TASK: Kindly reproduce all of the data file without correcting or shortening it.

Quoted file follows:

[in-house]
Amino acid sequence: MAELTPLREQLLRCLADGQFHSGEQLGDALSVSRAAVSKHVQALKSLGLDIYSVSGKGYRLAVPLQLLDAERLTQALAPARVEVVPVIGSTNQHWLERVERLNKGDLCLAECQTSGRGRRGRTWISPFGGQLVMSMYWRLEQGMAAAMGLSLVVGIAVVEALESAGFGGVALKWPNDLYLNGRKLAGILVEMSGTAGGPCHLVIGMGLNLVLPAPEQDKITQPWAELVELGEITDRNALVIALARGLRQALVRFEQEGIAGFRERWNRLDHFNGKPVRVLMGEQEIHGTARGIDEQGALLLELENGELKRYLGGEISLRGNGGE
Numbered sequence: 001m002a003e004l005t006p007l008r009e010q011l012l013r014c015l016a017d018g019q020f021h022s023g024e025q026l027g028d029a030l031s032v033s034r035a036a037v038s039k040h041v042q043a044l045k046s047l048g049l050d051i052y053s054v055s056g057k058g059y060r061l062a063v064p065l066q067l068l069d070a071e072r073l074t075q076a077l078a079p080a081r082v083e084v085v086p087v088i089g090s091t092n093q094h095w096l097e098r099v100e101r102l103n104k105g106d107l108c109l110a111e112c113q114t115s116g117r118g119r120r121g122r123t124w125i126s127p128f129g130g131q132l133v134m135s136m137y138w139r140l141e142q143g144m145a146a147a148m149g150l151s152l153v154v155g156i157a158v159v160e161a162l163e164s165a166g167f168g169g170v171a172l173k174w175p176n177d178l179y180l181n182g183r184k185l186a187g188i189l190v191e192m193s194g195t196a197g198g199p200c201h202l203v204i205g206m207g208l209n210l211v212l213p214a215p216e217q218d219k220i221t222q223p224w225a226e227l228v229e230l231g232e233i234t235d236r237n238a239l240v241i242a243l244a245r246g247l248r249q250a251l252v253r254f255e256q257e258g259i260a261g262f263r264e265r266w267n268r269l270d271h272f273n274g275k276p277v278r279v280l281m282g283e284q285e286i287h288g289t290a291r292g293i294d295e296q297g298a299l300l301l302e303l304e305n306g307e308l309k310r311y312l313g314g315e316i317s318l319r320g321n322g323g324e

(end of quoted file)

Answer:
[in-house]
Amino acid sequence: MAELTPLREQLLRCLADGQFHSGEQLGDALSVSRAAVSKHVQALKSLGLDIYSVSGKGYRLAVPLQLLDAERLTQALAPARVEVVPVIGSTNQHWLERVERLNKGDLCLAECQTSGRGRRGRTWISPFGGQLVMSMYWRLEQGMAAAMGLSLVVGIAVVEALESAGFGGVALKWPNDLYLNGRKLAGILVEMSGTAGGPCHLVIGMGLNLVLPAPEQDKITQPWAELVELGEITDRNALVIALARGLRQALVRFEQEGIAGFRERWNRLDHFNGKPVRVLMGEQEIHGTARGIDEQGALLLELENGELKRYLGGEISLRGNGGE
Numbered sequence: 001m002a003e004l005t006p007l008r009e010q011l012l013r014c015l016a017d018g019q020f021h022s023g024e025q026l027g028d029a030l031s032v033s034r035a036a037v038s039k040h041v042q043a044l045k046s047l048g049l050d051i052y053s054v055s056g057k058g059y060r061l062a063v064p065l066q067l068l069d070a071e072r073l074t075q076a077l078a079p080a081r082v083e084v085v086p087v088i089g090s091t092n093q094h095w096l097e098r099v100e101r102l103n104k105g106d107l108c109l110a111e112c113q114t115s116g117r118g119r120r121g122r123t124w125i126s127p128f129g130g131q132l133v134m135s136m137y138w139r140l141e142q143g144m145a146a147a148m149g150l151s152l153v154v155g156i157a158v159v160e161a162l163e164s165a166g167f168g169g170v171a172l173k174w175p176n177d178l179y180l181n182g183r184k185l186a187g188i189l190v191e192m193s194g195t196a197g198g199p200c201h202l203v204i205g206m207g208l209n210l211v212l213p214a215p216e217q218d219k220i221t222q223p224w225a226e227l228v229e230l231g232e233i234t235d236r237n238a239l240v241i242a243l244a245r246g247l248r249q250a251l252v253r254f255e256q257e258g259i260a261g262f263r264e265r266w267n268r269l270d271h272f273n274g275k276p277v278r279v280l281m282g283e284q285e286i287h288g289t290a291r292g293i294d295e296q297g298a299l300l301l302e303l304e305n306g307e308l309k310r311y312l313g314g315e316i317s318l319r320g321n322g323g324e